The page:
(written from a Production point of view)
During the writing process of Star Trek V, William Shatner envisioned that God was to have resided at the center of the universe. Gene Roddenberry disagreed, stating that there was no center of the universe, and even if there were, there was no way that the center of the universe would have been discovered within the eleven percent of the galaxy had that been explored by the 23rd century. As a result, Beichman was sent to Paramount in response to Harve Bennett's request for someone to explain that there was no center of the universe.
According to Beichman, "Bill [Shatner] had this idea of going to the center of the universe, and the idea was to find out where that was. Whether you take a left of a right, and how you program it into the computers." Beichman explained that he was consulted to discuss "some possible where's and why's and how's and get something that will look at least coherent and believable within the overall confines of the whole Star Trek idea."
Beichman began this process by having a number of sessions with Shatner, Bennett and David Loughery to discuss the overall sense of cosmology and the hierarchy within the universe, and that "the concept cosmologically of there being a center of the universe doesn't really work because it's infinite and expanding." Beichman added that "if you go back and look through all the series and movies, Star Trek had, in fact, never left our galaxy," ultimately shifting the focus back to our galaxy. "So what becomes a place that they might go which is distant, far, and dangerous in the context of where they are in the exploration of the galaxy would be the center – which is a very interesting place astronomically – it has huge explosions going on and such," Beichman said.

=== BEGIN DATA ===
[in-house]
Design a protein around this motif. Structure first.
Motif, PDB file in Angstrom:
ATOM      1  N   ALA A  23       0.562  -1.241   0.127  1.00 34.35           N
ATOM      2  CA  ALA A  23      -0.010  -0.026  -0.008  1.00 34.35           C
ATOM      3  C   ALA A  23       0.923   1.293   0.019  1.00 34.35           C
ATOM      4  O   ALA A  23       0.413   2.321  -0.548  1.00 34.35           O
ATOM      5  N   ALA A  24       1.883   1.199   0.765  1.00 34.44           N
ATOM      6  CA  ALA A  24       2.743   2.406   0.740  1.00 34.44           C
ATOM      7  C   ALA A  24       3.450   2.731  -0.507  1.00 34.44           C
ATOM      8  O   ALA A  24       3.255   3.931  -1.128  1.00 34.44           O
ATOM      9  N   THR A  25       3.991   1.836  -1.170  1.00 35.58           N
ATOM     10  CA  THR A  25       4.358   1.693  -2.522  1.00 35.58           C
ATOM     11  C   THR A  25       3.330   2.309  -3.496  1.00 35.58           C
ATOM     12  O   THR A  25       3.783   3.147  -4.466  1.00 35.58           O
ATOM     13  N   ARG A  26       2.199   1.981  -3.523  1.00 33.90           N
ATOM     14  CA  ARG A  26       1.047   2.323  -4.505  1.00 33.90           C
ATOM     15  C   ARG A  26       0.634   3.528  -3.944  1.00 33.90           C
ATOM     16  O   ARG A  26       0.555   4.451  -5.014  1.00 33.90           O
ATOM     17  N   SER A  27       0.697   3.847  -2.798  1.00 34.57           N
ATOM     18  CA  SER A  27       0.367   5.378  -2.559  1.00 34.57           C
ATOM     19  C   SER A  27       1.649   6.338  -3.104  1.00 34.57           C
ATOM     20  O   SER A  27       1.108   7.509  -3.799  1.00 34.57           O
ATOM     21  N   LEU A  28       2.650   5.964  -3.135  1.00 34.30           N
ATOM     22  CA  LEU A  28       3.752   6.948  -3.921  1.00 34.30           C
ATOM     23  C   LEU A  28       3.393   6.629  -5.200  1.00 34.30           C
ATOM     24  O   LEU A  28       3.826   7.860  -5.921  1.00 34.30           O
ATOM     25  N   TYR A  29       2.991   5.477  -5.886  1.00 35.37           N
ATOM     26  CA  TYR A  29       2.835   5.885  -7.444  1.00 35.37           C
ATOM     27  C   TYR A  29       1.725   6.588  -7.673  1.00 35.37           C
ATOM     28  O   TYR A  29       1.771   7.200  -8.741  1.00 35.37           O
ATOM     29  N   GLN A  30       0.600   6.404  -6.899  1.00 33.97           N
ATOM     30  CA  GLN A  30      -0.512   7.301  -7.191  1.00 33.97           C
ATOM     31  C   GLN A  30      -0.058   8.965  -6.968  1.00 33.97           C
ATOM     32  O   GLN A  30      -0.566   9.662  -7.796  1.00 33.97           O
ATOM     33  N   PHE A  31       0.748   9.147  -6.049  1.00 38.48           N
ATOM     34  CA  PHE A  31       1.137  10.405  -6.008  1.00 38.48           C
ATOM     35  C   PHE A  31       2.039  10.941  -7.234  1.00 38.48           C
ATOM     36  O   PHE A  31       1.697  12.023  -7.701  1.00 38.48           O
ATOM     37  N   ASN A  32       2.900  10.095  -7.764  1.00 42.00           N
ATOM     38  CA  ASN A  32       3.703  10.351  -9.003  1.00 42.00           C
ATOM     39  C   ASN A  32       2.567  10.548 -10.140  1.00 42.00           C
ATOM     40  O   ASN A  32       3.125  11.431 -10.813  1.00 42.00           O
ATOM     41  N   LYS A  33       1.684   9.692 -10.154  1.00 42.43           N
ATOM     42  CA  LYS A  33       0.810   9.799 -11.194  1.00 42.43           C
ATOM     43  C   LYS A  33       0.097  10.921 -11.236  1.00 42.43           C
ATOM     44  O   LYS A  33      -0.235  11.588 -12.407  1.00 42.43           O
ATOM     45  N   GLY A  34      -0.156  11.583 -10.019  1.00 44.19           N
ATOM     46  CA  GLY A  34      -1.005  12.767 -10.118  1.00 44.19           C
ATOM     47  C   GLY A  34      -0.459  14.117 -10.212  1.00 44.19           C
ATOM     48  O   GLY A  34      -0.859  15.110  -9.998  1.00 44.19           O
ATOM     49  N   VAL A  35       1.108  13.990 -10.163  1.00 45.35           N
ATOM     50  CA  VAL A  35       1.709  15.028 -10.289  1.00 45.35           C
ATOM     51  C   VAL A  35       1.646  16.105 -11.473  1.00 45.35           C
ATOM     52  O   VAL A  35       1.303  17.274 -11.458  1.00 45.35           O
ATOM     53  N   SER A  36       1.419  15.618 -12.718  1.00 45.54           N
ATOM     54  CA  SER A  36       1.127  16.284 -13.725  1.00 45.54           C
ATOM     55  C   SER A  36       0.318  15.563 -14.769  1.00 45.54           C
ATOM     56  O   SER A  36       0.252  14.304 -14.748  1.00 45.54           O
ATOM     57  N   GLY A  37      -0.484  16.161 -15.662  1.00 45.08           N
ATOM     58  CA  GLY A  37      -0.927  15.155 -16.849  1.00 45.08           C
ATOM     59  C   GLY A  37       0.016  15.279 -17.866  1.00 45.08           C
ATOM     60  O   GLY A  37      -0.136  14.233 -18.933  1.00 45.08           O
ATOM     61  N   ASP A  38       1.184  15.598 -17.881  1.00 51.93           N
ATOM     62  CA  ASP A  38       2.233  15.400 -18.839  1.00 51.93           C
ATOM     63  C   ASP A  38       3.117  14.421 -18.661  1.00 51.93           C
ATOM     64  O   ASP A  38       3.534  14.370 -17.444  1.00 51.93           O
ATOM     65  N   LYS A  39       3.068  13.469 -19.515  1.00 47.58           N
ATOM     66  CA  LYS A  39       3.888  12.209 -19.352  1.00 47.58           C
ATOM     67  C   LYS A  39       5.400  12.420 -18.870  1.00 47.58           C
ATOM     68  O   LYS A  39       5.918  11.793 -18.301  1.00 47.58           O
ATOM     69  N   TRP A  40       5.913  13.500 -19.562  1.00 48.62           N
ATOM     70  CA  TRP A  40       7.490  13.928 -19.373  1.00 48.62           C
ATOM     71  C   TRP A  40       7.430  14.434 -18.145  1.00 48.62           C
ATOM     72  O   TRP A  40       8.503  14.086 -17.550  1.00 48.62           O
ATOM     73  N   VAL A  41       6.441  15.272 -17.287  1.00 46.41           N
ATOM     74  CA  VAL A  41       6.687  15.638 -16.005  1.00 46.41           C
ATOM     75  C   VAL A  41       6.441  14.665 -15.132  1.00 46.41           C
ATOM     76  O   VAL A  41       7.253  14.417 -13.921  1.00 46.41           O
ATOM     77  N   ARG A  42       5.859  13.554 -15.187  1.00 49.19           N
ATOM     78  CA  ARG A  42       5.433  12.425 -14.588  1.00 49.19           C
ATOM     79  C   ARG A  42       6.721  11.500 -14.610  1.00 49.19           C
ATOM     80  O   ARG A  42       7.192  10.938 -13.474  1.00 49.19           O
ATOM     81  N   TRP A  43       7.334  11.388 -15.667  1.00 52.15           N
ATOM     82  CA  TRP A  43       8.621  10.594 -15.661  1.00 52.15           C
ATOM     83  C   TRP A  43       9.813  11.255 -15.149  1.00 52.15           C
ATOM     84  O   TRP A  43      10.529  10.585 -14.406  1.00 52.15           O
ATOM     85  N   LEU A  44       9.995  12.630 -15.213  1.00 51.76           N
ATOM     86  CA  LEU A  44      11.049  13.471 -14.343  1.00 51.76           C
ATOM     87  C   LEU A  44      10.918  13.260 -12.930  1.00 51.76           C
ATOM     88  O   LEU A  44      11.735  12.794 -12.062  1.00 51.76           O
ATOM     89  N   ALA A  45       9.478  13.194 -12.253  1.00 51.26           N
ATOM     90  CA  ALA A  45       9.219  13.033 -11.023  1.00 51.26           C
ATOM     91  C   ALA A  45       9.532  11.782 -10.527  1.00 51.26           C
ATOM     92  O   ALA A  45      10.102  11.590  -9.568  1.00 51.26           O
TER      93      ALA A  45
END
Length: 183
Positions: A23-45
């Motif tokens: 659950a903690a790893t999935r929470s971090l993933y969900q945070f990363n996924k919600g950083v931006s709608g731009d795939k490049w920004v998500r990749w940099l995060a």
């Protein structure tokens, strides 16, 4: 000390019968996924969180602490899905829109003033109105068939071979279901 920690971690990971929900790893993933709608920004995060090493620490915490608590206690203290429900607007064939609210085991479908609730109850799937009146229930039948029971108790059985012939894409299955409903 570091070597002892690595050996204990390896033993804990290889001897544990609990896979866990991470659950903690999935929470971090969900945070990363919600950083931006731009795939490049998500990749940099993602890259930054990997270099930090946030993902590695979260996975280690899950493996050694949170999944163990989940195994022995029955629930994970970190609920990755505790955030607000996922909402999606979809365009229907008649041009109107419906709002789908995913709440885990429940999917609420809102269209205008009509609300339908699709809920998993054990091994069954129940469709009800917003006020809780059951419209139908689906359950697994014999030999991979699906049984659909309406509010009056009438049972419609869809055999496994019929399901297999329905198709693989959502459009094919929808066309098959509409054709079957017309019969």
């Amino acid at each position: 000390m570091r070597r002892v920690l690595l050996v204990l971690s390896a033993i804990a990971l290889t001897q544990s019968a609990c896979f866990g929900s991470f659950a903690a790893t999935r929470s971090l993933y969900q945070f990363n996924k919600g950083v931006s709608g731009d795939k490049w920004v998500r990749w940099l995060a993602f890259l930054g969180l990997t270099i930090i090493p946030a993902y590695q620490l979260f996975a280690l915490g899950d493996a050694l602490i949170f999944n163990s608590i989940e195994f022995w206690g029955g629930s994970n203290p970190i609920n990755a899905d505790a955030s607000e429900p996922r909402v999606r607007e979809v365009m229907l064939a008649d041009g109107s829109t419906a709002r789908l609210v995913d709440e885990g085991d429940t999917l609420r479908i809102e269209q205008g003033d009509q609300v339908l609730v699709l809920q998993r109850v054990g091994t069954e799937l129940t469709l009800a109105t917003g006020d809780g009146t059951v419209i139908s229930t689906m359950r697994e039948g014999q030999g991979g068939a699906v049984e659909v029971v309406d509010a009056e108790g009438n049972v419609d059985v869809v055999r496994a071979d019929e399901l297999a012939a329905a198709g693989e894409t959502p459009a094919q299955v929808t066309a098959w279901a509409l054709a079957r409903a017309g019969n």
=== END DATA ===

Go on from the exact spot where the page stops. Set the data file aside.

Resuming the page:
Another part of Beichman's role was to conjecture what would be found at the center of the galaxy once it was reached, explaining, "We think there are barriers around the center itself. There are giant clouds, stars forming, pulsars going off. There's all sorts of violent activity." Beichman's contributions fit into the film's writers theory that described the Great Barrier surrounding the center of the universe, only now brought down in scale to that of the galaxy.
Once Beichman defined the destination, resolving the most controversial issues in the film's outline, Shatner said he "felt like we had made a tremendous amount of progress by the end of the first draft." (Captain's Log: William Shatner's Personal Account of the Making of Star Trek V: The Final Frontier)
Beichman currently serves at the Executive Director of the Michelson Science Center at the California Institute of Technology and Jet Propulsion Laboratory.